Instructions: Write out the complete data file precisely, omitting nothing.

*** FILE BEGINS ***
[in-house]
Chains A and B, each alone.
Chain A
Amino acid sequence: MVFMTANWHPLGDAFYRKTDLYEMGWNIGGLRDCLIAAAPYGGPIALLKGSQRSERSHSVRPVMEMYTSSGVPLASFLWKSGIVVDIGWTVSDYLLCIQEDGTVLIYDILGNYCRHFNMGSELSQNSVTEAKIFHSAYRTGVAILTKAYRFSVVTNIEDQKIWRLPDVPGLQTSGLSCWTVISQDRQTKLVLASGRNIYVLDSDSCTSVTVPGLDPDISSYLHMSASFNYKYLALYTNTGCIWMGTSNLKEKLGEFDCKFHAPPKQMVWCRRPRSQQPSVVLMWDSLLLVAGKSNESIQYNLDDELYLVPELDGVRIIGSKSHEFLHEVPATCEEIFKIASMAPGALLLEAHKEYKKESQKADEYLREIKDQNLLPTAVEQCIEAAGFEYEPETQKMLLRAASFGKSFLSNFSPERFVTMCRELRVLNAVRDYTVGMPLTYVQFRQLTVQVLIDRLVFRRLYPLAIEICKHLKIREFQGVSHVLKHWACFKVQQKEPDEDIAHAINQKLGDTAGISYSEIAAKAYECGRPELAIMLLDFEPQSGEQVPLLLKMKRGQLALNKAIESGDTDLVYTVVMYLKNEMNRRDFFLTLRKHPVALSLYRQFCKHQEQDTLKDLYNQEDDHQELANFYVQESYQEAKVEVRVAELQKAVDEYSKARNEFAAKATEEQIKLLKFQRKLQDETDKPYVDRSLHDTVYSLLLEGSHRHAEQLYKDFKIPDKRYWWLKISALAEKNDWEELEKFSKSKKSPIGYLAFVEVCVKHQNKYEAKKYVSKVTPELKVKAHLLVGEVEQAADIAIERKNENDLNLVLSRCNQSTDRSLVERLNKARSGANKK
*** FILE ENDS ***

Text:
[in-house]
Chains A and B, each alone.
Chain A
Amino acid sequence: MVFMTANWHPLGDAFYRKTDLYEMGWNIGGLRDCLIAAAPYGGPIALLKGSQRSERSHSVRPVMEMYTSSGVPLASFLWKSGIVVDIGWTVSDYLLCIQEDGTVLIYDILGNYCRHFNMGSELSQNSVTEAKIFHSAYRTGVAILTKAYRFSVVTNIEDQKIWRLPDVPGLQTSGLSCWTVISQDRQTKLVLASGRNIYVLDSDSCTSVTVPGLDPDISSYLHMSASFNYKYLALYTNTGCIWMGTSNLKEKLGEFDCKFHAPPKQMVWCRRPRSQQPSVVLMWDSLLLVAGKSNESIQYNLDDELYLVPELDGVRIIGSKSHEFLHEVPATCEEIFKIASMAPGALLLEAHKEYKKESQKADEYLREIKDQNLLPTAVEQCIEAAGFEYEPETQKMLLRAASFGKSFLSNFSPERFVTMCRELRVLNAVRDYTVGMPLTYVQFRQLTVQVLIDRLVFRRLYPLAIEICKHLKIREFQGVSHVLKHWACFKVQQKEPDEDIAHAINQKLGDTAGISYSEIAAKAYECGRPELAIMLLDFEPQSGEQVPLLLKMKRGQLALNKAIESGDTDLVYTVVMYLKNEMNRRDFFLTLRKHPVALSLYRQFCKHQEQDTLKDLYNQEDDHQELANFYVQESYQEAKVEVRVAELQKAVDEYSKARNEFAAKATEEQIKLLKFQRKLQDETDKPYVDRSLHDTVYSLLLEGSHRHAEQLYKDFKIPDKRYWWLKISALAEKNDWEELEKFSKSKKSPIGYLAFVEVCVKHQNKYEAKKYVSKVTPELKVKAHLLVGEVEQAADIAIERKNENDLNLVLSRCNQSTDRSLVERLNKARSGANKK